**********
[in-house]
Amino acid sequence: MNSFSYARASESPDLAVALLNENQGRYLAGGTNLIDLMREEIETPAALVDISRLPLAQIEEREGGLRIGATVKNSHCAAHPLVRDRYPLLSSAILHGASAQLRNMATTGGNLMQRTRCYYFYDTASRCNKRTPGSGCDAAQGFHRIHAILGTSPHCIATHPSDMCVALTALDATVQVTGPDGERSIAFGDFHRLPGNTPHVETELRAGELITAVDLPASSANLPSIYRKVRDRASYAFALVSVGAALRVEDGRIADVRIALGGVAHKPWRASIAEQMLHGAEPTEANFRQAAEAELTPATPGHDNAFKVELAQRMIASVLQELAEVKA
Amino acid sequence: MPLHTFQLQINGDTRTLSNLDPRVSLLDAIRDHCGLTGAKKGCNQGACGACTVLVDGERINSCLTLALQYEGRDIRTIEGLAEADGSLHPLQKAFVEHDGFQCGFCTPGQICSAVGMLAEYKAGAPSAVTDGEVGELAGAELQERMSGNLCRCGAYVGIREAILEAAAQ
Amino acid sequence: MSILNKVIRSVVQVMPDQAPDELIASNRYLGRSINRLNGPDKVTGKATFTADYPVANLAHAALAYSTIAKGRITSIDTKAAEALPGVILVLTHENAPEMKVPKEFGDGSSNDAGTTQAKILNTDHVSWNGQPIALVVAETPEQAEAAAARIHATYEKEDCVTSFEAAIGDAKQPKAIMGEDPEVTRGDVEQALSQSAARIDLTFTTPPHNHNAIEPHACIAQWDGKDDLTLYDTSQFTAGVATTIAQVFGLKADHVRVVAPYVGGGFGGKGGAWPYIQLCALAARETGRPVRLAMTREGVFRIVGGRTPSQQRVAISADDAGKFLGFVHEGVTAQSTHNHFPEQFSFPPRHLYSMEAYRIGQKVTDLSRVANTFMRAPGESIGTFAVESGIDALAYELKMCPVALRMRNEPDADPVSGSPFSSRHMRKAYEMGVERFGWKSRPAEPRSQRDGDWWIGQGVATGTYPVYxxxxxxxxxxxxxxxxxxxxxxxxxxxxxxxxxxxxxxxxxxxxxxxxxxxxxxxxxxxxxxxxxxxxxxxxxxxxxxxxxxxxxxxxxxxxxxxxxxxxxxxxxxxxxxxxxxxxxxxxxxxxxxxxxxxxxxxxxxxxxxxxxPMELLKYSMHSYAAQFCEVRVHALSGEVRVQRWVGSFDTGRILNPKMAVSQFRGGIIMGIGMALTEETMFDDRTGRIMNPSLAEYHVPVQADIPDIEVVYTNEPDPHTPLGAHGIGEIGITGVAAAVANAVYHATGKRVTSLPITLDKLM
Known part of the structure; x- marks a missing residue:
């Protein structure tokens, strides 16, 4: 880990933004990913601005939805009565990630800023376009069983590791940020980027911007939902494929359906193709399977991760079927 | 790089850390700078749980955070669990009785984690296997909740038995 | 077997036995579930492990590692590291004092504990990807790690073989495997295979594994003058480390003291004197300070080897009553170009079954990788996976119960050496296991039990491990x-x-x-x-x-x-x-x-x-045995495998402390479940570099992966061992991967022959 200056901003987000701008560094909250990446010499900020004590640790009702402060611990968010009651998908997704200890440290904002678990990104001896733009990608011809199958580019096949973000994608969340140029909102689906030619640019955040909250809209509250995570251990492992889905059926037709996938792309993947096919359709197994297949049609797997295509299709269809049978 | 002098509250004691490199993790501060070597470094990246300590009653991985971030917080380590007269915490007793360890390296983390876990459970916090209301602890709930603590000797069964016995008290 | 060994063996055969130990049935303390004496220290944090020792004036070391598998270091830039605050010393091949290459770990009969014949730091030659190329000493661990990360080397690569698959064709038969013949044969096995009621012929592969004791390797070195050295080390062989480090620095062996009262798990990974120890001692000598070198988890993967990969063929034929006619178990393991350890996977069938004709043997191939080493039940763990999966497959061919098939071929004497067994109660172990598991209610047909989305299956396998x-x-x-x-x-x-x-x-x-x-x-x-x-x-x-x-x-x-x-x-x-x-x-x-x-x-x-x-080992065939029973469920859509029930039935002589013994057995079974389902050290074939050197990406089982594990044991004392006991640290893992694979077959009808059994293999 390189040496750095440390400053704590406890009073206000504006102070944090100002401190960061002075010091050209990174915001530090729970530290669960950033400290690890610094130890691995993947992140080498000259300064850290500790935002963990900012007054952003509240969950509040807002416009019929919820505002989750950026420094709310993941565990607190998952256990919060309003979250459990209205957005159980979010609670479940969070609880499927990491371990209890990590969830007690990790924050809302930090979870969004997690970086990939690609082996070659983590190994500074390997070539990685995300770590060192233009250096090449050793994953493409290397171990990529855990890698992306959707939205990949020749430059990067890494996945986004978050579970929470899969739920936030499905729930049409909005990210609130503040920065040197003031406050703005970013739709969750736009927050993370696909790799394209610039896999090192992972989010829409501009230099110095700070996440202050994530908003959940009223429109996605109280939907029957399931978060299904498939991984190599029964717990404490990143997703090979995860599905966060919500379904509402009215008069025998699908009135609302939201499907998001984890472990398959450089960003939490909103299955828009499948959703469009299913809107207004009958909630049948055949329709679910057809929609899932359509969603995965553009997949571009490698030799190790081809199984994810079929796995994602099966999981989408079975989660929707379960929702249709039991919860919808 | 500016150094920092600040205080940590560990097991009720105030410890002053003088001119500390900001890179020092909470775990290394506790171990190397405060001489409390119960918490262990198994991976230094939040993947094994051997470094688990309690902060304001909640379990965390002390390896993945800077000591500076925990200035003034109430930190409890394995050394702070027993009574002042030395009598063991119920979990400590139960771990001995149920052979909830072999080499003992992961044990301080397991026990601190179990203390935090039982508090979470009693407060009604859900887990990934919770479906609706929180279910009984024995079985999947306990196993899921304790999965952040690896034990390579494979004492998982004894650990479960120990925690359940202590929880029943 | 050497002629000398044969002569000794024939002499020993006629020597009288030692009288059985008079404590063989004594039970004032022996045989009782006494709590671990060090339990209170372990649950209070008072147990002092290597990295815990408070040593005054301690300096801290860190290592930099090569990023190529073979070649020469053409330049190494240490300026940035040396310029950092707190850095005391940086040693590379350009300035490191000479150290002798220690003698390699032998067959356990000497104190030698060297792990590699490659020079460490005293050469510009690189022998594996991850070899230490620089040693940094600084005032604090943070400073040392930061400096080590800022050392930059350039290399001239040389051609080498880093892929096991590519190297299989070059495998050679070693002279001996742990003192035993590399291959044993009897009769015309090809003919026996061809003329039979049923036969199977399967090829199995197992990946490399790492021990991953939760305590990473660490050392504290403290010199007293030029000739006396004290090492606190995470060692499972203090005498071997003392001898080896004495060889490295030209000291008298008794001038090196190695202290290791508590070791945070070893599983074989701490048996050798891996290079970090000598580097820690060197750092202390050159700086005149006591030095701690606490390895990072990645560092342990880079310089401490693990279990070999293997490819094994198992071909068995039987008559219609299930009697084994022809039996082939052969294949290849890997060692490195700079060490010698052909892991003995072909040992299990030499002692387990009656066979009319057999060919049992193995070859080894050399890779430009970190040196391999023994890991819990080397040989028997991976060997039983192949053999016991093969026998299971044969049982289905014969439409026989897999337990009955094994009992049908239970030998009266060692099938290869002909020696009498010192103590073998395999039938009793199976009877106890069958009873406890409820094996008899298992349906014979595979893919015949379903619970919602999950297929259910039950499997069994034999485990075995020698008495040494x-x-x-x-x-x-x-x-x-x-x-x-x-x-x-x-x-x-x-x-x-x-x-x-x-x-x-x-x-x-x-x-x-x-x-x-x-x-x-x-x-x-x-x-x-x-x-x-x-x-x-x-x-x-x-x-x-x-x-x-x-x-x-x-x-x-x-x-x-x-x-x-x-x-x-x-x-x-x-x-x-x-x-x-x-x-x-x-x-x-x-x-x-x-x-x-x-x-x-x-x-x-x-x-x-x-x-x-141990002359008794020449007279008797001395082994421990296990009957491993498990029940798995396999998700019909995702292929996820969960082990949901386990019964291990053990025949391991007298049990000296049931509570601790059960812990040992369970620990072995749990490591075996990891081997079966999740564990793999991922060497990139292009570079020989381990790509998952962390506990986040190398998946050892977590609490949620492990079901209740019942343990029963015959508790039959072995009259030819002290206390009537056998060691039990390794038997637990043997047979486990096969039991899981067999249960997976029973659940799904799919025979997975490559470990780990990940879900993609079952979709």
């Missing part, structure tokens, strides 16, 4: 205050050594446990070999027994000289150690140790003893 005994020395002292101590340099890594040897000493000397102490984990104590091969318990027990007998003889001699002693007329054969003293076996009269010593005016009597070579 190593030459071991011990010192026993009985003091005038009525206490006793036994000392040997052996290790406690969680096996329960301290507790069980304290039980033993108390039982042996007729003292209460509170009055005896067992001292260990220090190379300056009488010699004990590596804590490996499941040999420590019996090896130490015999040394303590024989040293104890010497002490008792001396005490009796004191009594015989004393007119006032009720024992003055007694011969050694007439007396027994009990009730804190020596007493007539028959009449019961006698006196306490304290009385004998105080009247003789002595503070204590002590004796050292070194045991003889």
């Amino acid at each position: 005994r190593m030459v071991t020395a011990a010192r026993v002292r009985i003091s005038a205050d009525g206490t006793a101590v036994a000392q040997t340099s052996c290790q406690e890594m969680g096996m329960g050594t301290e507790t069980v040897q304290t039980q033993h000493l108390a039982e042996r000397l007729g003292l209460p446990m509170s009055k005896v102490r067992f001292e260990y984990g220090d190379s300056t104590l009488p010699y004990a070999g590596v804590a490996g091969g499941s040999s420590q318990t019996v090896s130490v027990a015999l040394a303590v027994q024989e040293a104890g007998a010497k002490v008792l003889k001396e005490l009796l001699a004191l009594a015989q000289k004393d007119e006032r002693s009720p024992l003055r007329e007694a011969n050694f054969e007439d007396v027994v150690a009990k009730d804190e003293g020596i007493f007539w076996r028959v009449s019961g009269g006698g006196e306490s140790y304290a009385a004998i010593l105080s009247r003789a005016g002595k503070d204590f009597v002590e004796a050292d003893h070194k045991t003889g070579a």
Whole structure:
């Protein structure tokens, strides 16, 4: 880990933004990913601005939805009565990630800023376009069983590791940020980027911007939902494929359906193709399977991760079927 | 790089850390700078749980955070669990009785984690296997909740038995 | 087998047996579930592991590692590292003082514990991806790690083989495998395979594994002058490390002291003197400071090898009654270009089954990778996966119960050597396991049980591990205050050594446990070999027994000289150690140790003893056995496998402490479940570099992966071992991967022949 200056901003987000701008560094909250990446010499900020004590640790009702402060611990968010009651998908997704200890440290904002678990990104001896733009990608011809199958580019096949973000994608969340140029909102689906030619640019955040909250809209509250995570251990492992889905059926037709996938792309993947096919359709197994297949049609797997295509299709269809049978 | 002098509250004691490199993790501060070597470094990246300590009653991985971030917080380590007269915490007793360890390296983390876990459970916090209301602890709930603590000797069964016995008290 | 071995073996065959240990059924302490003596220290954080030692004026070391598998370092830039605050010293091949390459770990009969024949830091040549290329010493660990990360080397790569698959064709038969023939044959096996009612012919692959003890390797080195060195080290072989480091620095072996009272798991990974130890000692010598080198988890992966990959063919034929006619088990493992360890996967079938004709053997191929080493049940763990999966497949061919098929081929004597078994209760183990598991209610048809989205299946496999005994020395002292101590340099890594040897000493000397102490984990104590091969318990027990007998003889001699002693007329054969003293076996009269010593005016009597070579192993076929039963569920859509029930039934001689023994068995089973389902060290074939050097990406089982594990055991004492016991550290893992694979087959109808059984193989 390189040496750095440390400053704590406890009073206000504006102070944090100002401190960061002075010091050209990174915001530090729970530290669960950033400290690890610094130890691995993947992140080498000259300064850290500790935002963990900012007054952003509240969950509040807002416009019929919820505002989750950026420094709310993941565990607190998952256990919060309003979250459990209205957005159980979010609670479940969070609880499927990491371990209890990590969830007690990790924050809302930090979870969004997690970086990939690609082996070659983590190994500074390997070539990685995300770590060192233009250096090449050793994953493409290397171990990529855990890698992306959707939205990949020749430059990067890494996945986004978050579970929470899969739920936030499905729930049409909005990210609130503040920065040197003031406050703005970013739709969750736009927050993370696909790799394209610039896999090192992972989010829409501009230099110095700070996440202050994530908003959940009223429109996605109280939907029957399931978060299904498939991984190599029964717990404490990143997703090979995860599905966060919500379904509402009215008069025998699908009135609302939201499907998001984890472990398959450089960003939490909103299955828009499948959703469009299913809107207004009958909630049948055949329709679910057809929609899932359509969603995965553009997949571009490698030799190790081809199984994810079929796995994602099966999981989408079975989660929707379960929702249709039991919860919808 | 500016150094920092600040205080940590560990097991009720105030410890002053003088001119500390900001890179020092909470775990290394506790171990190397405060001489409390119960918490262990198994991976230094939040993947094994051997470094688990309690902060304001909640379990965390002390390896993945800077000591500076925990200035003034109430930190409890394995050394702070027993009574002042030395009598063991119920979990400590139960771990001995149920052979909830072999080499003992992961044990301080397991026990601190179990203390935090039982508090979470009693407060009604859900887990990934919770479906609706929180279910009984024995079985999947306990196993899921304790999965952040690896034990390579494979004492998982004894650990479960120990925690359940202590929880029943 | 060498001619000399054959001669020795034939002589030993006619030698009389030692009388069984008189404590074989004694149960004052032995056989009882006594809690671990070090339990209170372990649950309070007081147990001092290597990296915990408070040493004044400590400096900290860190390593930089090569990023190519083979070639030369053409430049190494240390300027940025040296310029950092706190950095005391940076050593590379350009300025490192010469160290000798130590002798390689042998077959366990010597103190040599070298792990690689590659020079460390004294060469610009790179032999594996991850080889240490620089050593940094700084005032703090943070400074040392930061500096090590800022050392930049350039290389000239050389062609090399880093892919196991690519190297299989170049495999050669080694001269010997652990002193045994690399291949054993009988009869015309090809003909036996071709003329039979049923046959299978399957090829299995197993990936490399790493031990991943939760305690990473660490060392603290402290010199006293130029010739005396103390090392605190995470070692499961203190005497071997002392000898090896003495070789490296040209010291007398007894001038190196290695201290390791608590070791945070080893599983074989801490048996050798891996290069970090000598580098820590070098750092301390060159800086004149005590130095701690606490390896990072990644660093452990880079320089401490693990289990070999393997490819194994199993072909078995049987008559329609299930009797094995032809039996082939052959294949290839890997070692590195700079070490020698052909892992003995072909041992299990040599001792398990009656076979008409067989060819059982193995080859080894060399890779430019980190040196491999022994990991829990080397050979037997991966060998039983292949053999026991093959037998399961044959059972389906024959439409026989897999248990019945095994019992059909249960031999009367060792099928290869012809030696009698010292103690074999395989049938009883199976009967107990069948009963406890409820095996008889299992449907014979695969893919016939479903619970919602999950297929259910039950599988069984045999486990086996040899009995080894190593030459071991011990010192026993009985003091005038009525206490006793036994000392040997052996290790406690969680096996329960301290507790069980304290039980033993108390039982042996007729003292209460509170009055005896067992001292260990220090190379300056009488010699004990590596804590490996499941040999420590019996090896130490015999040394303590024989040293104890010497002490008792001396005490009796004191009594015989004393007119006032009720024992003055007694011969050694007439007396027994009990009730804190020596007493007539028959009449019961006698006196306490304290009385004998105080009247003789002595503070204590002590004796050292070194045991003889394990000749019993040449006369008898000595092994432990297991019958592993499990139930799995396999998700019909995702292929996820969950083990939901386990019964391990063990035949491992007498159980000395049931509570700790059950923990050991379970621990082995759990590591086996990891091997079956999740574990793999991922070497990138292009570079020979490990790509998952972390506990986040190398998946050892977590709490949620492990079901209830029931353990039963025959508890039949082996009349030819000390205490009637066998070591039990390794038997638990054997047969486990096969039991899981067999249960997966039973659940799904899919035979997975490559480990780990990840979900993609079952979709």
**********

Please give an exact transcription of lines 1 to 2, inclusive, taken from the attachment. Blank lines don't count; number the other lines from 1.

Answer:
[in-house]
Amino acid sequence: MNSFSYARASESPDLAVALLNENQGRYLAGGTNLIDLMREEIETPAALVDISRLPLAQIEEREGGLRIGATVKNSHCAAHPLVRDRYPLLSSAILHGASAQLRNMATTGGNLMQRTRCYYFYDTASRCNKRTPGSGCDAAQGFHRIHAILGTSPHCIATHPSDMCVALTALDATVQVTGPDGERSIAFGDFHRLPGNTPHVETELRAGELITAVDLPASSANLPSIYRKVRDRASYAFALVSVGAALRVEDGRIADVRIALGGVAHKPWRASIAEQMLHGAEPTEANFRQAAEAELTPATPGHDNAFKVELAQRMIASVLQELAEVKA